Projects

Welsh Government Substance Misuse Strategy Review

Evaluation Services, Research Services
On Behalf of: Social Research and Information Division, Welsh Government
Conducted in Partnership with: Wrexham Glyndŵr University
Brief overview of project:

Working Together to Reduce Harm: The Substance Misuse Strategy for Wales 2008-2018 (“the Strategy”) is the second substantive and dedicated Welsh Government response to a set of established and negative consequences of alcohol and other drug use.

The Strategy aimed to set out a clear national agenda for how the Welsh Government and its partners could tackle and reduce the harms associated with substance misuse in Wales.

It identified four significant areas of activity which were perceived as being able to impact on these consequences:

  • preventing harm;
  • support for substance misusers – to improve their health and aid and maintain recovery;
  • supporting and protecting families; and
  • tackling availability and protecting individuals and communities via enforcement activity.

An additional fifth strand was included within the Strategy which focused on delivering the Strategy and supporting partner agencies (through increasingly developed and robust partnership arrangements).

In September 2016 Figure 8 Consultancy Services Ltd. and Glyndŵr University (Wrexham) were commissioned by the Welsh Government to undertake a review of the Strategy.

Dates of Project:
September 2016 - April 2018
Value of Project:
Purpose of Project:

The overarching aim of the review was to assess the extent to which the observed outcomes are attributable to the actions developed and implemented because of the Strategy.

Key Aims/Objectives:

The main objectives of the review were:

  • to use existing evidence and data to assess the contribution that the strategy has made;
  • to identify gaps in the existing data that need to be filled to strengthen the contribution assessment; and
  • to consider the efficacy and applicability of performance measures used within the Strategy and accompanying Implementation Plans.
Work completed:

The main report provides an overview of the strategy since its inception. In doing so, it utilises a Contribution Analysis approach to tell an overall performance story. This accounts for starting positions, activity undertaken, its contribution to identifiable outcomes and notes the evidence sources for conclusions reached.

The report refers to, and builds upon, the range of background and contextual information presented in a variety of previous Welsh Government documents.

Outcomes of Project:
  • In summary, the ‘performance story’ we have outlined in this report tells of a specifically devolved response to the consequences of alcohol and other drug consumption.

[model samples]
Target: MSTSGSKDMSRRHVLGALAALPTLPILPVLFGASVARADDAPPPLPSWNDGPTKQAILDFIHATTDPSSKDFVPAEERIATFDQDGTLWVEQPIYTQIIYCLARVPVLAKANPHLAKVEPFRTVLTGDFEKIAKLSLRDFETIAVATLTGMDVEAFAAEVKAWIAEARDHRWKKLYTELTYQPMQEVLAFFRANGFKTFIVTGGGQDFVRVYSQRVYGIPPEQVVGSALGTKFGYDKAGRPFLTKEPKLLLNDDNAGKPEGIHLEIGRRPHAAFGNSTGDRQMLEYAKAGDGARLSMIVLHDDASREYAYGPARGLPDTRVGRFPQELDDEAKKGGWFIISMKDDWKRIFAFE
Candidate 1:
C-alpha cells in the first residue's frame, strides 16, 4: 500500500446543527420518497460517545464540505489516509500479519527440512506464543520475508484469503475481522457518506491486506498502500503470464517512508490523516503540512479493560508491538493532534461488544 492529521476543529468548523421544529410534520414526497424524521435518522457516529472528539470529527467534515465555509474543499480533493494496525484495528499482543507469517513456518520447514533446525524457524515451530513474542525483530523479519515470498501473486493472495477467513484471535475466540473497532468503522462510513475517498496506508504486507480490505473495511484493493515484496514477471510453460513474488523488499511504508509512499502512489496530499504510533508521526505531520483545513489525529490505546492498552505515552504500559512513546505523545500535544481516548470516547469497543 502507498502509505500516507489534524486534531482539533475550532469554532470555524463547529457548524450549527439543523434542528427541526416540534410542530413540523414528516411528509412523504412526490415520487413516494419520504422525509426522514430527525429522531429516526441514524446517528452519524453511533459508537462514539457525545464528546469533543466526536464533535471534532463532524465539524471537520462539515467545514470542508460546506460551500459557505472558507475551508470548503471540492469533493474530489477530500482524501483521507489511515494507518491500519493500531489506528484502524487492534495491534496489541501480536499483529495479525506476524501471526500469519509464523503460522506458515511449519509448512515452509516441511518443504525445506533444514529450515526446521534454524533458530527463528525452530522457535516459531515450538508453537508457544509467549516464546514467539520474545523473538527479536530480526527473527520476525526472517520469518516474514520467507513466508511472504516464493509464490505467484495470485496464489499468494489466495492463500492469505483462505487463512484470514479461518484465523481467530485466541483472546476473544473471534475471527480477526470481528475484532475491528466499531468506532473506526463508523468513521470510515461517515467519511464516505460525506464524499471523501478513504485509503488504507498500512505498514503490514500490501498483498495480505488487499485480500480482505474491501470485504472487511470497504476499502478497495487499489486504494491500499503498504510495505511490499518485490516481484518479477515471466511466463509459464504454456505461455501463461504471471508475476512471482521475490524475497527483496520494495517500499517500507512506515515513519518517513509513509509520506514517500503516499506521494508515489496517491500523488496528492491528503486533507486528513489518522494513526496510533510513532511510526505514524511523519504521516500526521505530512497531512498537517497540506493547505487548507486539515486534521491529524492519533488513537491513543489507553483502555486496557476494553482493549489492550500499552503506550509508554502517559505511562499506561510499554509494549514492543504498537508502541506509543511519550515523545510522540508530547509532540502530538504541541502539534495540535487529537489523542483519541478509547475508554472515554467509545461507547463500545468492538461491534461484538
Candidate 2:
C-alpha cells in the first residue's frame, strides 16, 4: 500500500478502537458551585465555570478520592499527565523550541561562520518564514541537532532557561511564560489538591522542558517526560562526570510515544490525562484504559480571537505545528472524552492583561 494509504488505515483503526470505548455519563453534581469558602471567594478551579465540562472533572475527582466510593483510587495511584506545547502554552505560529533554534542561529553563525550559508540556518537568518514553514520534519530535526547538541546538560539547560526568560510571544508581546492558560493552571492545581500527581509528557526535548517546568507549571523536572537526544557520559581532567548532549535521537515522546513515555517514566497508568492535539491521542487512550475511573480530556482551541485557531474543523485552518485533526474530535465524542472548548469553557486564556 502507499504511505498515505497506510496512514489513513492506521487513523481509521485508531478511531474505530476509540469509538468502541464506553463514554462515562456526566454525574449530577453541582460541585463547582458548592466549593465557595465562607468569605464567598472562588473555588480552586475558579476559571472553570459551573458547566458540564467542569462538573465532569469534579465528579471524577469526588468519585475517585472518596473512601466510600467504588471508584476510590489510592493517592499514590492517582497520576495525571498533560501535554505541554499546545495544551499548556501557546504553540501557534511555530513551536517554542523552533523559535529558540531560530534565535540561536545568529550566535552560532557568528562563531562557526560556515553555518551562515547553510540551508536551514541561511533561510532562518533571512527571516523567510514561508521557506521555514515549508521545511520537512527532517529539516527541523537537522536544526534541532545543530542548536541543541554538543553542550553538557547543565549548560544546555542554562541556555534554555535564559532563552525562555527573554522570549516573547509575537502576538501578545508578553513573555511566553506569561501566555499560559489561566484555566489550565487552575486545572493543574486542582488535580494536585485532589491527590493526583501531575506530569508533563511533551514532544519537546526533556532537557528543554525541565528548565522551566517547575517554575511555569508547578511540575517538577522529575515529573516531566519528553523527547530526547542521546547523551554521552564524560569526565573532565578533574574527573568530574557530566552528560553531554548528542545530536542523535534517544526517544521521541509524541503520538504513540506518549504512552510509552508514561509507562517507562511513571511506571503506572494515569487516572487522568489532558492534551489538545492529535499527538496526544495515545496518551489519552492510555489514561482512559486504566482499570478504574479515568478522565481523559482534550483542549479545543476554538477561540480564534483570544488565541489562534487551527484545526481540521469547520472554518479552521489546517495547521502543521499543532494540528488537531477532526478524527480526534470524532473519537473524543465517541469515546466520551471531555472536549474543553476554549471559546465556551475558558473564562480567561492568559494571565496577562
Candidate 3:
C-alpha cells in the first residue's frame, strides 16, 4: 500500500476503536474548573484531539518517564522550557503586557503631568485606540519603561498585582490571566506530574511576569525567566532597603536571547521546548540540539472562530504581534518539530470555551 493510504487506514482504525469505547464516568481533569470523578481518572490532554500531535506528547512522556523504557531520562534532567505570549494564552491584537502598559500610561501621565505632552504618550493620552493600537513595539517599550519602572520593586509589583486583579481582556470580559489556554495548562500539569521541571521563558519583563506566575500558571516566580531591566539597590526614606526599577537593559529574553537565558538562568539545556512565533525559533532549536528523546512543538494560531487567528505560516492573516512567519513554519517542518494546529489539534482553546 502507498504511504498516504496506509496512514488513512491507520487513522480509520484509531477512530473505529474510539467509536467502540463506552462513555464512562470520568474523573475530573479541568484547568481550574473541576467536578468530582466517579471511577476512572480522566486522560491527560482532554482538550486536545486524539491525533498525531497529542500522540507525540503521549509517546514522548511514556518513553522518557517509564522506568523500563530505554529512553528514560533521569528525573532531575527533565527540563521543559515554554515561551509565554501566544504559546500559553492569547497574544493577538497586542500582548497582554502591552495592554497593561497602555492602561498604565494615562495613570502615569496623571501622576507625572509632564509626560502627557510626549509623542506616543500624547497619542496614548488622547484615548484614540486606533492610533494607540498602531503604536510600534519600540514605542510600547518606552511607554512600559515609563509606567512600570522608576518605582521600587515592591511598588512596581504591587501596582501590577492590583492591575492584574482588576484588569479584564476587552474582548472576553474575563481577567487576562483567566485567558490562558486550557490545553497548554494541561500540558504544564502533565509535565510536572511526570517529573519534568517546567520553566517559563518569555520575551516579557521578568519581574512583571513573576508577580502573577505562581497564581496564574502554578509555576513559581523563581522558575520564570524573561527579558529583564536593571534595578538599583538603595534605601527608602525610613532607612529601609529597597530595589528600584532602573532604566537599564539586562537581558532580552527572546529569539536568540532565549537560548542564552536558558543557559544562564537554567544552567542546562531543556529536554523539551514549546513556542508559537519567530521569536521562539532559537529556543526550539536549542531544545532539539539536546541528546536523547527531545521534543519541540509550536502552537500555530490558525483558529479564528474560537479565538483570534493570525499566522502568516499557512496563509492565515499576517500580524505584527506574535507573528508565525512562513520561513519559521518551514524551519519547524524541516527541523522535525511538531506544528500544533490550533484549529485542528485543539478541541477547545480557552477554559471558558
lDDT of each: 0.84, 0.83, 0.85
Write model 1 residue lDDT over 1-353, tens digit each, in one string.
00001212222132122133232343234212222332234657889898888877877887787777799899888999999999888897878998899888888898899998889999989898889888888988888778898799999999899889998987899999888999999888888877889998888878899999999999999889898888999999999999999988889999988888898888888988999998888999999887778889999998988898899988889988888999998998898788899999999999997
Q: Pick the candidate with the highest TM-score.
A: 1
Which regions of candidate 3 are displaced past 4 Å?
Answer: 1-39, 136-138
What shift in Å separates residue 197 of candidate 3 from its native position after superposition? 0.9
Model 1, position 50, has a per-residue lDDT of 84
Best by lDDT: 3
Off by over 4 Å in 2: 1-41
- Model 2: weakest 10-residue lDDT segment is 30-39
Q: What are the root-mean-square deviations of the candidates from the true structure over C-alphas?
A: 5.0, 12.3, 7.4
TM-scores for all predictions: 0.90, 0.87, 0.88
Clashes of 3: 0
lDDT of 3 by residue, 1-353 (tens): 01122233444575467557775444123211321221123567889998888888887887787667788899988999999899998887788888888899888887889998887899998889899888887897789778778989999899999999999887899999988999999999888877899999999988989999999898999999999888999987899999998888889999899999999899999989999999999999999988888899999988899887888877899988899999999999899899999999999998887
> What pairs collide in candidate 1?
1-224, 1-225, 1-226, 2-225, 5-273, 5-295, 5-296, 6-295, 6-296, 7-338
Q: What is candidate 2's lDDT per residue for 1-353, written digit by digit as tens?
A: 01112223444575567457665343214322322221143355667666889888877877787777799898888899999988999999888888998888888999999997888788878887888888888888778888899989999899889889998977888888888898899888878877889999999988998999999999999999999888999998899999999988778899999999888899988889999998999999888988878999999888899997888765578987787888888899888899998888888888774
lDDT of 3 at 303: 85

• Within this response, some significant activity and achievements can be identified. These ‘successes’, as befitting the context and focus of the Strategy, are mainly in the areas of harm reduction and harmful users. The sense we have is that it has done what it set out to do, by concentrating on a harm reduction agenda; and that this was, and has been broadly welcomed. It is clear to all that the journey set off on a harm reduction, rather than whole population or general use, trajectory.
  • There has been significant improvement in co-ordination, partnership and monitoring arrangements over the Strategy term.
  • There is good evidence of improvement in, and sustained service delivery, as well as accounting for monies spent.
  • There is some evidence of outputs and short-term outcome success.
  • There is limited evidence of long-term outcome impact.
  • Research evidence supports many but not all the activities prioritised by Welsh Government.
  • We have highlighted how a move to more active Service User Involvement is one of the clear achievements of this strategy period. However, we also reported on how ensuring that this is inclusive, representative and definitely not tokenistic, remains a challenge. For example, and consistent with the preferred direction of travel as described, it is worth noting that term service user is, in some people’s minds, more synonymous with drug users rather than drinkers. We believe it is more than just a question of semantics.
  • We conclude this ‘performance story’ by applauding the progress made, yet identifying the key future challenges associated with translating this platform into one that is more responsive to whole and more distinct populations of users, and integration with ‘Well-being’ and ‘Future Generations’ agendas.

Read Full Report about this project...